Frawley says in the deposition that on March 13, 2006, he was in the Dirksen Federal Building at 219 S. Dearborn, making a phone call to Rezko’s cell phone and secretly recording him when attorney Weaver walked in and interrupted him.

Also in the room at the time, according to Frawley, were: Assistant U.S. Attorney Jacqueline Stern; James “Sam” Dorger Jr., of the Illinois attorney general’s office’s public-integrity unit; an “FBI agent whose name I do not recall”; and Thomas Durkin, a criminal attorney also representing Frawley.

“I was on the phone, making a phone call to Tony Rezko,” Frawley says, according to the transcript. “I had a luncheon engagement with him. George was outside of the room where I was making the telephone call, and the purpose of the call was for me to keep my luncheon engagement with Tony Rezko and to go over and to record Tony Rezko.

“George saw and heard me on the phone, came running in and went like this [demonstrating]: Cut it,” drawing his hand across his throat.

Later in the deposition, Weaver’s lawyer, Daniel F. Konicek, asks Frawley about what specific information Weaver is supposed to have told Frawley to withhold from federal authorities.

“I’m assuming the information is about the payments made by Rezko to Obama, so we know we’re talking about the right conversation, right?” Konicek asks Frawley.

Frawley doesn’t answer. So Konicek presses him: “Am I correct it was about Obama being paid by Rezko?”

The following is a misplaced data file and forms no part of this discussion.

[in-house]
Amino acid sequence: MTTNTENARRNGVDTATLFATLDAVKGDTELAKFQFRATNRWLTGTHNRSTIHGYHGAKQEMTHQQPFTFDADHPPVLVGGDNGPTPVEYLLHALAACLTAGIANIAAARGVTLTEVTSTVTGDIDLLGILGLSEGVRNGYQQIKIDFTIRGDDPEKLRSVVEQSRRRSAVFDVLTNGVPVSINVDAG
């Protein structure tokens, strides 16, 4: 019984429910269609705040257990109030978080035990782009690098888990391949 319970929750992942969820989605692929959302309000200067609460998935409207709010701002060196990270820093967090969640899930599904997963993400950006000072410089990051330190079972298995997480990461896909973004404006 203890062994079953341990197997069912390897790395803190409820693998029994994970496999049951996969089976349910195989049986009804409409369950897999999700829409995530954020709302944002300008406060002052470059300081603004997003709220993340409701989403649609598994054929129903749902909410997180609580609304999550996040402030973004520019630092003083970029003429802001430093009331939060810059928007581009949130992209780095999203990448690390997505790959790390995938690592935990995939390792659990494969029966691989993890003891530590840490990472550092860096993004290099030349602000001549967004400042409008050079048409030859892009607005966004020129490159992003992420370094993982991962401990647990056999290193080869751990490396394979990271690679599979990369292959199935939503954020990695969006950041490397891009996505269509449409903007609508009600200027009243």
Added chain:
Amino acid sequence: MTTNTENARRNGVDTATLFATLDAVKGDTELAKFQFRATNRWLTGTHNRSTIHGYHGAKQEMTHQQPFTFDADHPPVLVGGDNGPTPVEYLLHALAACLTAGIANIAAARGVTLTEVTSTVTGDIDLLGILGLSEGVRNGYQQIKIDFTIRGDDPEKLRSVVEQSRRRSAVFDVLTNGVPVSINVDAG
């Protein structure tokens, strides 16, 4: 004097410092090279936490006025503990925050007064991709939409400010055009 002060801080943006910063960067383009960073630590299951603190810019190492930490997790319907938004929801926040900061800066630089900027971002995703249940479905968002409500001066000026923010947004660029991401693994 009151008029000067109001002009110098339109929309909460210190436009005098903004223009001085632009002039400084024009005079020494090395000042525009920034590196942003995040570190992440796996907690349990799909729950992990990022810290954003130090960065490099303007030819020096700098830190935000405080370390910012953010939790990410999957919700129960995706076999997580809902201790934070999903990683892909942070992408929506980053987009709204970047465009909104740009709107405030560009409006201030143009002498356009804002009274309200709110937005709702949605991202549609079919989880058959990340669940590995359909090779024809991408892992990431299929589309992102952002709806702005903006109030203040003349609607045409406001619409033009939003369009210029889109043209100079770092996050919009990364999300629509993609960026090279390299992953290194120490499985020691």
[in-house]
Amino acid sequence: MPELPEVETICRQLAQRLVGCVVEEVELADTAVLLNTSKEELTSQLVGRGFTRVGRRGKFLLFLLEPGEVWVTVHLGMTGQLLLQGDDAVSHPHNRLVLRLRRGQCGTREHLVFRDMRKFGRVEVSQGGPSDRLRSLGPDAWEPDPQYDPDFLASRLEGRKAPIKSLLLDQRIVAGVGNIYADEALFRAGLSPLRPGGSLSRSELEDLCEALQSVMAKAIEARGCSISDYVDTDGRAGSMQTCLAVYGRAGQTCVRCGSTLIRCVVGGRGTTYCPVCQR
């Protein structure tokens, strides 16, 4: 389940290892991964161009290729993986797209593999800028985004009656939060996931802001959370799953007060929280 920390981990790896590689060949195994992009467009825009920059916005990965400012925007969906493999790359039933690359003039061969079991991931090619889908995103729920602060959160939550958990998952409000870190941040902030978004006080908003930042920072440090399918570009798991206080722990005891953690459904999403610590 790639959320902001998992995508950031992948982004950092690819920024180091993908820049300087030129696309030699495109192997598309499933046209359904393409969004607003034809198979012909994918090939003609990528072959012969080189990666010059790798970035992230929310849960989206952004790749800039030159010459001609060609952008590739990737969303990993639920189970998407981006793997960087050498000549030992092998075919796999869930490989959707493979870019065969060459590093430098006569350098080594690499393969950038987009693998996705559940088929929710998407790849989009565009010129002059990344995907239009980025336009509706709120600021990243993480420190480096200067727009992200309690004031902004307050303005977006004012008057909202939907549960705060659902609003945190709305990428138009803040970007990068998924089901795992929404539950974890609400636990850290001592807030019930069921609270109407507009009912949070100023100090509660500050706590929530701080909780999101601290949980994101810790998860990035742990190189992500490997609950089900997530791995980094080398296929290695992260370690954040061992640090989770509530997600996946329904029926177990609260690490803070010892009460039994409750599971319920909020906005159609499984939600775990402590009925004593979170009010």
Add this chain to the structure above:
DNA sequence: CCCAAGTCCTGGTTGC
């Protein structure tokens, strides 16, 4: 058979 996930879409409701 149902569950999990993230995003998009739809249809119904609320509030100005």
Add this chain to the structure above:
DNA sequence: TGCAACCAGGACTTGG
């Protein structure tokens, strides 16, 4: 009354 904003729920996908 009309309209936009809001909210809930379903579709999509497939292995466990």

Frawley replies: “I’m not answering that question, based upon my attorney’s instructions.”

Nobody directly involved with the deposition — including Frawley and his lawyers, Weaver and his lawyers, and the FBI and U.S. attorney’s office — would comment.

Ben LaBolt, a spokesman for Obama’s presidential campaign, called Konicek’s suggestion that Rezko might have made any cash payments to Obama “utter nonsense.”

Besides the Rezko-Obama issue, Konicek also asks Frawley during the deposition, without any explanation, about “the $1.5 million from Rezko.”

One of Frawley’s lawyers objects to the question, and there’s no explanation about what Konicek is talking about.

At Rezko’s trial in 2008, Rezko’s lawyers disclosed in a court filing that federal authorities had accused Rezko of paying a $1.5 million bribe to obtain the security-training contract from the Iraqi government. Rezko’s lawyers then called that allegation completely false. Prosecutors have declined to comment.